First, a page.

The American Variety Stage: Vaudeville and Popular Entertainment, 1870 - 1920

The period 1870 to 1920 was a dynamic time of change in the United States. It was marked by massive European immigration and major population shifts between regions of the country, including migration from rural to urban centers that led to the dramatic growth of cities. During these fifty years, the nation's urban population increased from a total of less than ten million to more than fifty million people. Blue-collar and white-collar working people alike benefited from an increase in personal income and leisure time. Tourism developed as an American pastime, annual vacations became a national habit, and city dwellers began taking half-holidays on Saturday. Public amusements appealed to growing numbers of people from many walks of life.

Popular, live entertainment gained momentum in the late nineteenth century and reached a peak in the first decade of the twentieth. During the fifty-year period covered by this collection, minstrel shows were eclipsed by the unprecedented success of variety theater and an ever-increasing diversity of popular entertainment. Burlesque developed into a full-fledged theatrical form and modern amusement parks attracted huge crowds. In 1909, for example, Coney Island drew over 20 million visitors. (After adjusting for population differentials, this is a greater number than the combined attendance at Disneyland and Disney World in 1989.) World's fairs, the three-ring circus, nightclubs, and the ballpark also flourished. Theatrical road shows traveled into the American hinterlands. The cinema was born.

The American Variety Stage Collection features materials that illustrate the diverse forms of variety theater that dominated the burgeoning entertainment world in the United States. Variety stage, in this era, drew greater audiences than the "legitimate" theater which presented serious literary works. Compared to the legitimate theater, which appealed, for the most part, to elite audiences, the variety stage was democratic and broad in approach. The variety stage strove to attract all classes of people from every cultural background by offering varied programs and relatively low admission fees.

To succeed at show business (as all forms of variety theater were called), entrepreneurs provided public entertainment that transcended the specific tastes of a particular class or ethnicity. It emphasized action and caricature. Nevertheless, however broad or vulgar its humor, it sought an aura of moral respectability. Even burlesque shows attempted to do this by billing themselves as "vaudeville" and "extravaganza" and playing in theaters that had previously been certified as "respectable."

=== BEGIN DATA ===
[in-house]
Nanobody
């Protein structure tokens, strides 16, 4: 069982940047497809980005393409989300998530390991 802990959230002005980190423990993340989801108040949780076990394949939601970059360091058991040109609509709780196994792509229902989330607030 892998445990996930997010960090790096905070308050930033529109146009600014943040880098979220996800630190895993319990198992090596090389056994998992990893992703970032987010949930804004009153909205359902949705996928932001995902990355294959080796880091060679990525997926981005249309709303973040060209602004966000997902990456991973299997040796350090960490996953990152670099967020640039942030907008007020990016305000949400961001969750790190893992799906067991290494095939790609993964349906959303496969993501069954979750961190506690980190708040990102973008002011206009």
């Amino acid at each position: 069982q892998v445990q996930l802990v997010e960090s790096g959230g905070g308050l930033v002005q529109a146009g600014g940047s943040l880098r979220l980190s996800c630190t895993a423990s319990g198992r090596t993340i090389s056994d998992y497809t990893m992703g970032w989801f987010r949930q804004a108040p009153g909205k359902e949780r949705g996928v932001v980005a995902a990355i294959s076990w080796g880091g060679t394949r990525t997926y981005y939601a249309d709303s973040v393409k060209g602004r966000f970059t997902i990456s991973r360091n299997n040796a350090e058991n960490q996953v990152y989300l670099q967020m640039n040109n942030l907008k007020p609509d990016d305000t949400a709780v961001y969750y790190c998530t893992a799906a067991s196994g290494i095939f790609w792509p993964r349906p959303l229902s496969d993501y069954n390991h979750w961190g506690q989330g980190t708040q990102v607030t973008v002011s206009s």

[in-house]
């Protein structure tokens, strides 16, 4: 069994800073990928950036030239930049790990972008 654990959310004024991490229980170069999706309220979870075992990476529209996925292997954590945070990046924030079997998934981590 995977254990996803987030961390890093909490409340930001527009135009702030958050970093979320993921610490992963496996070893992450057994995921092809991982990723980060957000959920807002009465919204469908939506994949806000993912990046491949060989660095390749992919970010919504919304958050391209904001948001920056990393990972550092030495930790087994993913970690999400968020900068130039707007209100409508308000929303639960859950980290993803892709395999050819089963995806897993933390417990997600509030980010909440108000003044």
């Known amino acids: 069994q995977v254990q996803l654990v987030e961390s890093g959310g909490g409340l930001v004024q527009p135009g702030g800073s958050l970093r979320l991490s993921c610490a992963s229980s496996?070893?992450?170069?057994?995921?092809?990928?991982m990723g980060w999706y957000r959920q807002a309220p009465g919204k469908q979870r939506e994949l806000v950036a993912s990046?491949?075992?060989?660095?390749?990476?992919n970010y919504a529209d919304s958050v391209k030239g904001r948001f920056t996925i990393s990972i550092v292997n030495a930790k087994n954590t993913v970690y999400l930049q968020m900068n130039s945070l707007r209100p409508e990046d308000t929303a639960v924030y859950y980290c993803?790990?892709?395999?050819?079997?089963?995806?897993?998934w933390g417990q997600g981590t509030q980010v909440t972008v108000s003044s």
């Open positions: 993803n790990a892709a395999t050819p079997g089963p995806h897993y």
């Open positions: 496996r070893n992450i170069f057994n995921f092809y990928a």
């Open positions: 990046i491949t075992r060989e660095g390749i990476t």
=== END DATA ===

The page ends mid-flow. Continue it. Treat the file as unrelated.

Of all the types of variety entertainment, comedy is the best represented in this collection. The English-language playscripts provide a wealth of information about what audiences found amusing, or at least what writers thought the audience would find funny. One can also learn about such things as comedic techniques used, the structure of comic sketches, subjects used for comedic purposes, and how material was customized for specific entertainers. As well, the collection can help shed light on the ways that vaudevillians tried to deal with contemporary topics and concerns, especially those that now seem inappropriate (such as ethnic stereotypes, gender and race prejudices, etc.), a topic that is especially ripe for study.

Comedians often migrated, along with their jokes and skits, from minstrelsy to vaudeville, from burlesque to recordings, to radio, and even to television. Veteran performers such as Bob Hope, George Burns, and Milton Berle have credited their early days in variety for their subsequent success.

The variety theater, in its most inclusive sense, provided the American public with a range of live entertainment: comedy, musical presentations, novelty and specialty acts, stage magic, and stage spectacles. American musical comedy was also in its formative stages during the fifty-year period covered by this collection. Many early musical comedies of the period were glorified variety shows, more akin to European operettas than to what we now think of as musical comedy. The forms of variety theater represented in this collection draw from several genres, including vaudeville, minstrel show, burlesque, extravaganza, spectacle, musical revue, and musical comedy.

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